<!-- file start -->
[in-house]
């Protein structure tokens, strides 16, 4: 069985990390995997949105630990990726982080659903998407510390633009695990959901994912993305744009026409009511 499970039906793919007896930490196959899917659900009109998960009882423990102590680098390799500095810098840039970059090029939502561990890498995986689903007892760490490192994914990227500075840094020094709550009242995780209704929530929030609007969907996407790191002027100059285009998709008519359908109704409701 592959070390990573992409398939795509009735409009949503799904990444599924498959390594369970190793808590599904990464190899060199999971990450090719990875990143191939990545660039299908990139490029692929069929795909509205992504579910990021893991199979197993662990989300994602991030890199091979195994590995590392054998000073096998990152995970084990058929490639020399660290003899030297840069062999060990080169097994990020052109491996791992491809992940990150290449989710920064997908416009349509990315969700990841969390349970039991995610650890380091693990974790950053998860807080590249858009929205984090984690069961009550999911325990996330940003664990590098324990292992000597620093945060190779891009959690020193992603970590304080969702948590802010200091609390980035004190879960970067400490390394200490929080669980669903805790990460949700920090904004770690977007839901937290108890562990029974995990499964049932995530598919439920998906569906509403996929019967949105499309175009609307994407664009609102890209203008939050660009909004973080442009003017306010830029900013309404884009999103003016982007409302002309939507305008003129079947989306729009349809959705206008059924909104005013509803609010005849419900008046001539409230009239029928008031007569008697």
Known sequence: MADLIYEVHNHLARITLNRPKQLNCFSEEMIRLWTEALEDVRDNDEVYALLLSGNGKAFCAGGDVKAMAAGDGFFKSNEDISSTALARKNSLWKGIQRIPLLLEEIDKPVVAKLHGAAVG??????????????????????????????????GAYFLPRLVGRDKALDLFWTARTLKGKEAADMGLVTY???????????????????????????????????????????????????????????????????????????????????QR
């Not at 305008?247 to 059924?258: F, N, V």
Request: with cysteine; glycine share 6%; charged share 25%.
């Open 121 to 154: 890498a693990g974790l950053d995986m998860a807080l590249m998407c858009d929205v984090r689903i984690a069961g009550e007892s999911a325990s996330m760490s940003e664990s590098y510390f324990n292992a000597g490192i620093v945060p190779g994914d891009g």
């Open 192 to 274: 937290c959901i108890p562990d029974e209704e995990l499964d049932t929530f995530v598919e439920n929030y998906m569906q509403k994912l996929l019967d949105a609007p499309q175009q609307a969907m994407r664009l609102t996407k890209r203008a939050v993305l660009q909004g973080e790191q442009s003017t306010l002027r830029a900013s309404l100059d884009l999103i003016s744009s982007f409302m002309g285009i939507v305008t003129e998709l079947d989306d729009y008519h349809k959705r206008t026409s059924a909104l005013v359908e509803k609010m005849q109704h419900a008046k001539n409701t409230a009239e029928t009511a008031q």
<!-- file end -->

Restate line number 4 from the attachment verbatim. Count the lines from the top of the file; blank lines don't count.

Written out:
């Not at 305008?247 to 059924?258: F, N, V």